A N. E. Province Of Italy, in Venetia, bordering on the gulf of Venice; area, 941 sq. m.; pop. in 1872, 352,538. It is level, excepting in the north, and is one of the most fertile regions of that part of Italy. The main river is the Piave. The chief products are hemp, flax, grain, wine, and timber. It is divided into the districts of Treviso, Ceneda, Castelfranco, Oderzo, Asolo, Valdobbiadene, Montebelluno, and Conegliano.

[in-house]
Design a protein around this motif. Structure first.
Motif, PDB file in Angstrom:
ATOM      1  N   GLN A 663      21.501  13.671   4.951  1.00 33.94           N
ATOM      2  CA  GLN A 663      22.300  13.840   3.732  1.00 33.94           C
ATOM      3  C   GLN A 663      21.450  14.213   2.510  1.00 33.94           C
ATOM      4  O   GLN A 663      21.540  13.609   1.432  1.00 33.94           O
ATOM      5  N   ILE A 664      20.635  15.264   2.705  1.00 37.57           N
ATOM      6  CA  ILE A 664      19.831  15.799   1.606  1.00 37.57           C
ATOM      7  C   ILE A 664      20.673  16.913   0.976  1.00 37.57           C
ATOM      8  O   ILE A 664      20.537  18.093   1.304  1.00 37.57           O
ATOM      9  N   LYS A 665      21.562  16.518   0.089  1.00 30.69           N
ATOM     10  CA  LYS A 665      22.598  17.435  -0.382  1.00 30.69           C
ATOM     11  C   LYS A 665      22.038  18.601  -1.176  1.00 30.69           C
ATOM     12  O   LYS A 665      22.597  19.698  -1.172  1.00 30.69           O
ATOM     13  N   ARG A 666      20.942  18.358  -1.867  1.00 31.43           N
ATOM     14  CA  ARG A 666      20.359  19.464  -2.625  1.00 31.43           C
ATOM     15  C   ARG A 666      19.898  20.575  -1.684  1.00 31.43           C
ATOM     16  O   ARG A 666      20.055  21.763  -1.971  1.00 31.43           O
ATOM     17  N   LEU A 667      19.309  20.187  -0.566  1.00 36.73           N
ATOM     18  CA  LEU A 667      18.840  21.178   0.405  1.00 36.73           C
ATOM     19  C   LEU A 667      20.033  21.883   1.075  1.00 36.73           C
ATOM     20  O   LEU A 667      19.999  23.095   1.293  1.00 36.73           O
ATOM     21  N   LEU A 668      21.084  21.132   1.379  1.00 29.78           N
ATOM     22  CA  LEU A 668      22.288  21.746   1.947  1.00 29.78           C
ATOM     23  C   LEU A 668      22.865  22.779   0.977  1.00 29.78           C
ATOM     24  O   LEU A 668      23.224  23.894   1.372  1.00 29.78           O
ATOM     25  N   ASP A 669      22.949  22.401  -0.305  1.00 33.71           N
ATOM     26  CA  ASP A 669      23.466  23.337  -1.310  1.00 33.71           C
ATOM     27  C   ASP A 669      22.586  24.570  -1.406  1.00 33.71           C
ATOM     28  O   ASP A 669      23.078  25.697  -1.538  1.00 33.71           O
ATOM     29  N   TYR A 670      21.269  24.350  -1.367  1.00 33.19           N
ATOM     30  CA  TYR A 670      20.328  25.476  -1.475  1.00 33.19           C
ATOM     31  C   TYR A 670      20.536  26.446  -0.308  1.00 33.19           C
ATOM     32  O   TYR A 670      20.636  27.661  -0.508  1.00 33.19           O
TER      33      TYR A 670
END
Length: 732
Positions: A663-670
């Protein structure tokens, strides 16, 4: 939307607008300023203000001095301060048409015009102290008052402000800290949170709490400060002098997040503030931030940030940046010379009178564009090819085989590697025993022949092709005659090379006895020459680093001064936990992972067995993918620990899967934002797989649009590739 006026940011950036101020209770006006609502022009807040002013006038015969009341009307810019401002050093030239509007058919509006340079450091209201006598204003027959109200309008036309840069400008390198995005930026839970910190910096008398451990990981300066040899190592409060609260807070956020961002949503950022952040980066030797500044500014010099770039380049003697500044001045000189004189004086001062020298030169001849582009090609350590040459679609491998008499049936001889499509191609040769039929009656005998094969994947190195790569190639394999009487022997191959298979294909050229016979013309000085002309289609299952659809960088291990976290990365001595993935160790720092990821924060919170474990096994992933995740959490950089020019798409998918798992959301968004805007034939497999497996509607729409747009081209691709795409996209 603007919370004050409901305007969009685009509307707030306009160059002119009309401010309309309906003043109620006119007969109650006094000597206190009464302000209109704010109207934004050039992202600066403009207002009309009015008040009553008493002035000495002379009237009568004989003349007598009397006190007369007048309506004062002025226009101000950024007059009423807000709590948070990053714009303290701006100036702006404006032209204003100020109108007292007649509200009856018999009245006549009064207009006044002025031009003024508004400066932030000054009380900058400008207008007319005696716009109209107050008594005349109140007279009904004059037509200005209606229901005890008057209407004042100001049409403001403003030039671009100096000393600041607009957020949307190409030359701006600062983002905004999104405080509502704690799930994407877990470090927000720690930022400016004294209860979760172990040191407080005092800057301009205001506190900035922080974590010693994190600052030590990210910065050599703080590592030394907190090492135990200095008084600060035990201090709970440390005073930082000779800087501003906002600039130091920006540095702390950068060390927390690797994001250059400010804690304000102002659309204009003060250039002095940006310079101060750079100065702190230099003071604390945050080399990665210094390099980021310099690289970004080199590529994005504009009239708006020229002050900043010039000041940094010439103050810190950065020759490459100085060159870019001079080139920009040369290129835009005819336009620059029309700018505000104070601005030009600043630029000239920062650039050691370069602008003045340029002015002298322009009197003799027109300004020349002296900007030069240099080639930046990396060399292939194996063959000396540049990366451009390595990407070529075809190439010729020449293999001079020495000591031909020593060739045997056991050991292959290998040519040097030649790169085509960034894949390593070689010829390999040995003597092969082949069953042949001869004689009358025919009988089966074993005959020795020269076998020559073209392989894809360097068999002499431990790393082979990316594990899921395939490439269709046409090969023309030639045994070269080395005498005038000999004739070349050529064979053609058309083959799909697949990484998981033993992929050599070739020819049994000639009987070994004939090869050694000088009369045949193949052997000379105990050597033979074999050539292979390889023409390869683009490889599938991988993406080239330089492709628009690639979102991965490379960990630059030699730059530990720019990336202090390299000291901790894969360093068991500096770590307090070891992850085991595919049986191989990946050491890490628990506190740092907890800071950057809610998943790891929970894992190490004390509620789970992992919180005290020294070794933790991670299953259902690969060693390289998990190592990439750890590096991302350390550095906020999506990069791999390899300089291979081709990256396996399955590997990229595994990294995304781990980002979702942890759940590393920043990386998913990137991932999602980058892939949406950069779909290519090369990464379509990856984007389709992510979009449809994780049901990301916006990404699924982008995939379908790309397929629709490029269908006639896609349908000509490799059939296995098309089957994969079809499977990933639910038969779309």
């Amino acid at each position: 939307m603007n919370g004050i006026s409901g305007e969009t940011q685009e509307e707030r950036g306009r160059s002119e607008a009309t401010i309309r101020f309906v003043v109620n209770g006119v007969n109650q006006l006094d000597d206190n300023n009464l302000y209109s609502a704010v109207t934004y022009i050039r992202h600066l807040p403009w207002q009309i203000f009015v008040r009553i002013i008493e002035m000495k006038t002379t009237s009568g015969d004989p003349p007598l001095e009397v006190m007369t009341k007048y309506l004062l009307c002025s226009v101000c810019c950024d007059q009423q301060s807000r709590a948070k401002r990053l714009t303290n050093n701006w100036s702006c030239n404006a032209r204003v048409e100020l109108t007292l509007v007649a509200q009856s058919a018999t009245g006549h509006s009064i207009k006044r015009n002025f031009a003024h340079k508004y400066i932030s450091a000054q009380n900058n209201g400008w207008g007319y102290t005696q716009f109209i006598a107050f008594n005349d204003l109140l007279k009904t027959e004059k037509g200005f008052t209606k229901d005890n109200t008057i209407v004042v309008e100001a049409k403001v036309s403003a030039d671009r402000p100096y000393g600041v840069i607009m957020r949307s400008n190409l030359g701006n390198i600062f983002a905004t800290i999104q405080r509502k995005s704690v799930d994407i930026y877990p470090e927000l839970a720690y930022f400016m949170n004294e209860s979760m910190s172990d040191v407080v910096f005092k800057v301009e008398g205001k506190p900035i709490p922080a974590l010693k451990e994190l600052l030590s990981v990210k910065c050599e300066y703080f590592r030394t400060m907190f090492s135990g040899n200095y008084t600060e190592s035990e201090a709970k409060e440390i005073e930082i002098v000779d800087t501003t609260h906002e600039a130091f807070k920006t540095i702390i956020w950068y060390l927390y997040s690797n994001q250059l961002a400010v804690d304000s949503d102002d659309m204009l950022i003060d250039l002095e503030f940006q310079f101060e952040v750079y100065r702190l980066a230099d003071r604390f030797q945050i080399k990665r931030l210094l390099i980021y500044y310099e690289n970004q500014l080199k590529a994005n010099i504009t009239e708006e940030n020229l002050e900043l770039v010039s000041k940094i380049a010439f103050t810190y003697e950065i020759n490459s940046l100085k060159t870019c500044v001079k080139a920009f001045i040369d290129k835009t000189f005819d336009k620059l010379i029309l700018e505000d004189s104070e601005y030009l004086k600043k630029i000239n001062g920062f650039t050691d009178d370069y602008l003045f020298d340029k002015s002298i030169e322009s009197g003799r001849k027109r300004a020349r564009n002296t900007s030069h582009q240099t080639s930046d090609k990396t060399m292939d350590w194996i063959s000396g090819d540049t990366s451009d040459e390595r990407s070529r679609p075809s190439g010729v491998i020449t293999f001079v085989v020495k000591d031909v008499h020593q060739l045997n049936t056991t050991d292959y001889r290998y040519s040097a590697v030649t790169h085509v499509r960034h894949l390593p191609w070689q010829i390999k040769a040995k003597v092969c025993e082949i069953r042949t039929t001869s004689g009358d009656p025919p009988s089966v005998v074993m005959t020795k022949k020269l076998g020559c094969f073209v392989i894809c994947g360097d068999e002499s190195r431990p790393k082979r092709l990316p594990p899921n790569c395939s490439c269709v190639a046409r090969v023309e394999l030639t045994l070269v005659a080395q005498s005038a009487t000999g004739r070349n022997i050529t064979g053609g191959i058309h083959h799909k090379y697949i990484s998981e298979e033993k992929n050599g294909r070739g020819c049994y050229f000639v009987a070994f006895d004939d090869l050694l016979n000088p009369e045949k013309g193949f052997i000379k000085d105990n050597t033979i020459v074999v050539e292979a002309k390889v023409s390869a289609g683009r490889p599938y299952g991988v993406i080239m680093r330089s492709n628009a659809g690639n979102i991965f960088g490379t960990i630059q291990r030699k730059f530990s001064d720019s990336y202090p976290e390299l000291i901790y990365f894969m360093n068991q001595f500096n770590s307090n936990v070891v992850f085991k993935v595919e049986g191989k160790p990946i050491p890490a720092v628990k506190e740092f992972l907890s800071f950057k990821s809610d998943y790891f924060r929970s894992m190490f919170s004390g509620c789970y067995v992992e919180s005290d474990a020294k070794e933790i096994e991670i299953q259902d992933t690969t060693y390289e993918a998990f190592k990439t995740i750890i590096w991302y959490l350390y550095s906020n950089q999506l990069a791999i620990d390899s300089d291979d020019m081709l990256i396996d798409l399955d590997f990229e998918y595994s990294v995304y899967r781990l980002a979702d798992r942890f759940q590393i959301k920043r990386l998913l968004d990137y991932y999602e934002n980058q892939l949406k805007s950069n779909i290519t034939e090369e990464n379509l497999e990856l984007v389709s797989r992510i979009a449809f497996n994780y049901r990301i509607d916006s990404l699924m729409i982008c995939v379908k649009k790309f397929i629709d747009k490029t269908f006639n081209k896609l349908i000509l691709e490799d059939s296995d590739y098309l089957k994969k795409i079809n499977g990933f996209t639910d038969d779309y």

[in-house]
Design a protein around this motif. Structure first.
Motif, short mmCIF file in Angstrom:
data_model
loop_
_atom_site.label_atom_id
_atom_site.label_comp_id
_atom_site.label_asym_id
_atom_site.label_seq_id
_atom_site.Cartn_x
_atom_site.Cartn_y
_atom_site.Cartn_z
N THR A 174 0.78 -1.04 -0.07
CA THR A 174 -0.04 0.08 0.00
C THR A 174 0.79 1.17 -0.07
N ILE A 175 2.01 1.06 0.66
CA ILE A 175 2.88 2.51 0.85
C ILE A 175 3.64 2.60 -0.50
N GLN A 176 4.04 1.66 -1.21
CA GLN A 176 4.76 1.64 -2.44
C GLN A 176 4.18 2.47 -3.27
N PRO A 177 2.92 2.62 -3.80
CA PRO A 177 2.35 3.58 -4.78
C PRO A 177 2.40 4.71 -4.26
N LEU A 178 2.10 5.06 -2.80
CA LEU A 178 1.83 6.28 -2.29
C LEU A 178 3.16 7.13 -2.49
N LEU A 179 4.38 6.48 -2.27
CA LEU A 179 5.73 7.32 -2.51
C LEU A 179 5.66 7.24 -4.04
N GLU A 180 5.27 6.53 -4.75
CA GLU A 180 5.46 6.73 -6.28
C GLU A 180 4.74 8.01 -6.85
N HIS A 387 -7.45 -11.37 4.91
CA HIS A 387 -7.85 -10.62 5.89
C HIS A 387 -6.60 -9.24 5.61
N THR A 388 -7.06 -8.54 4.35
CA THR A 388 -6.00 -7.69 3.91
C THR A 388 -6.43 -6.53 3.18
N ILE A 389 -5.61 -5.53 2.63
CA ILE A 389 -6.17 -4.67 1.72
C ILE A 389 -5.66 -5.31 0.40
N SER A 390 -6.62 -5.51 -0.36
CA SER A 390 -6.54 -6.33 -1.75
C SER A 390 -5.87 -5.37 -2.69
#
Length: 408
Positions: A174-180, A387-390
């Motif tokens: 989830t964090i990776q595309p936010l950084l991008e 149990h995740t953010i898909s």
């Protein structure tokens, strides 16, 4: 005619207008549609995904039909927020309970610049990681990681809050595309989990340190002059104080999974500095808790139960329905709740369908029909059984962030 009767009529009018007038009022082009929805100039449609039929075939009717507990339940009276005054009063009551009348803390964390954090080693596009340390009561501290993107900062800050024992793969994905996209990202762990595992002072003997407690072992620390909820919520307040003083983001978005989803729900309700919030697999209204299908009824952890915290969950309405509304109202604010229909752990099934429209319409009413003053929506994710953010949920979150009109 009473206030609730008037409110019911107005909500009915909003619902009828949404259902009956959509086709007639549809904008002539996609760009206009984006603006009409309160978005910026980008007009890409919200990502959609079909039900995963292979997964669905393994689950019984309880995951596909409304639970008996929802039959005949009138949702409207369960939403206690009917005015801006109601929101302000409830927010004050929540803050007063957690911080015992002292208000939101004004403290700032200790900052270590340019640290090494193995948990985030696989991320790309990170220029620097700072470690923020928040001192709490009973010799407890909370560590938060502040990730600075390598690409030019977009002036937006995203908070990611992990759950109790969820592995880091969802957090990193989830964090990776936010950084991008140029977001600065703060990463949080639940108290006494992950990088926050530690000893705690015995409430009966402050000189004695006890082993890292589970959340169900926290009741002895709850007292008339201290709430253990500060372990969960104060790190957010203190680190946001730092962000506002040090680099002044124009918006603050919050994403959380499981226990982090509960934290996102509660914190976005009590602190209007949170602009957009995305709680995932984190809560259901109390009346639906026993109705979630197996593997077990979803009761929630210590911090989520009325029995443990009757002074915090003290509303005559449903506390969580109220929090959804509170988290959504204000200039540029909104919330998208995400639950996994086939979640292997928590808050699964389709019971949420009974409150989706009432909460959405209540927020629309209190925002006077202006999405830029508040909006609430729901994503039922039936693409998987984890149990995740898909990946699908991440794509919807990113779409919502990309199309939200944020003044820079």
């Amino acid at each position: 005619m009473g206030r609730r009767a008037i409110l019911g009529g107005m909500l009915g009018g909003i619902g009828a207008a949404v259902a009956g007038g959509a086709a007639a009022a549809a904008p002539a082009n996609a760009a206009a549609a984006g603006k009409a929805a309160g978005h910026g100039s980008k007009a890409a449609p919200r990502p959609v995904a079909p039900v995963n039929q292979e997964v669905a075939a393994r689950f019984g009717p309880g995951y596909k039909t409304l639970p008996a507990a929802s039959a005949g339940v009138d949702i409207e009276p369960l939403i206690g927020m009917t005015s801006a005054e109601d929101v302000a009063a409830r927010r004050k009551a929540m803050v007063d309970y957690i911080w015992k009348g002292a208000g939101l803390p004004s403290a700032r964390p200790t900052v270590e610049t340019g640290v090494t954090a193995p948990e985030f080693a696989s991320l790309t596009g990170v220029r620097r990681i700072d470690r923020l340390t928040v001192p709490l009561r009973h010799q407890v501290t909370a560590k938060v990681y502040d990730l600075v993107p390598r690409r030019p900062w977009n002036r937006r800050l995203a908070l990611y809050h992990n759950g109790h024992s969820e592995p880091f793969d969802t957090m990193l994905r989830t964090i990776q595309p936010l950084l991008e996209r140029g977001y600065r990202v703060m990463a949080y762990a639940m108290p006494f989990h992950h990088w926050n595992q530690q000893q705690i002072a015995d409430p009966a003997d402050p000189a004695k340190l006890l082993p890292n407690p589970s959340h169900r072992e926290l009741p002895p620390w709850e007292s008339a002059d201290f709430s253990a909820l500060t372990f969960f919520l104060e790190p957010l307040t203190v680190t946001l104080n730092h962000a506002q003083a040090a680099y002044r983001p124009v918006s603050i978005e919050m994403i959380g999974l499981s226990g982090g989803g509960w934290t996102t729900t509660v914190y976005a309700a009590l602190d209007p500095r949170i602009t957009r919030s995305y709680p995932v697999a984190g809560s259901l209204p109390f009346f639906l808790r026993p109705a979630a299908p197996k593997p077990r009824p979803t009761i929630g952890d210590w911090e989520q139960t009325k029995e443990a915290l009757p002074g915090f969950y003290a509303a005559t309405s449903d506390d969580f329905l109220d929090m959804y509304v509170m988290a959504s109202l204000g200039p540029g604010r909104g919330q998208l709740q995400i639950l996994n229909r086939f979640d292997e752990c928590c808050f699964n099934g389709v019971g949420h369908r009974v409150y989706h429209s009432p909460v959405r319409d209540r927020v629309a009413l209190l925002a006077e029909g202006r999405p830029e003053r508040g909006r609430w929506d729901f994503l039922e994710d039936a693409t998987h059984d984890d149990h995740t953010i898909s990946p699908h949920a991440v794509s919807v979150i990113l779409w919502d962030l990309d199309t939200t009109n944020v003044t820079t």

A Fortified City (Anc. Tarvisium), capital of the province, on the Sile, 15 m. 1ST. 1ST. W. of Venice; pop. in 1872, 28,291. . It is the seat of a bishop, and has an unfinished cathedral, with works by Titian and Paul Veronese, a large Gothic church, a celebrated palace of justice, a lyceum, gymnasium, seminary, and academy of science. In the 13th century it was captured and oppressed by Ezzelino da Romano; in the 14th it was successively ruled by Francesco della Scala of Verona, by Venice, Austria, and Padua, and was with its territory in the possession of Venice from 1388 till the occupation of the town in 1797 by the French under Mortier, who in 1807 received the title of duke of Treviso. It afterward belonged to Austria. In March, 1848, it was taken bythe revolutionists, but the Austrians regained it on June 24, after a second bombardment. In 1866 it became part of the kingdom of Italy.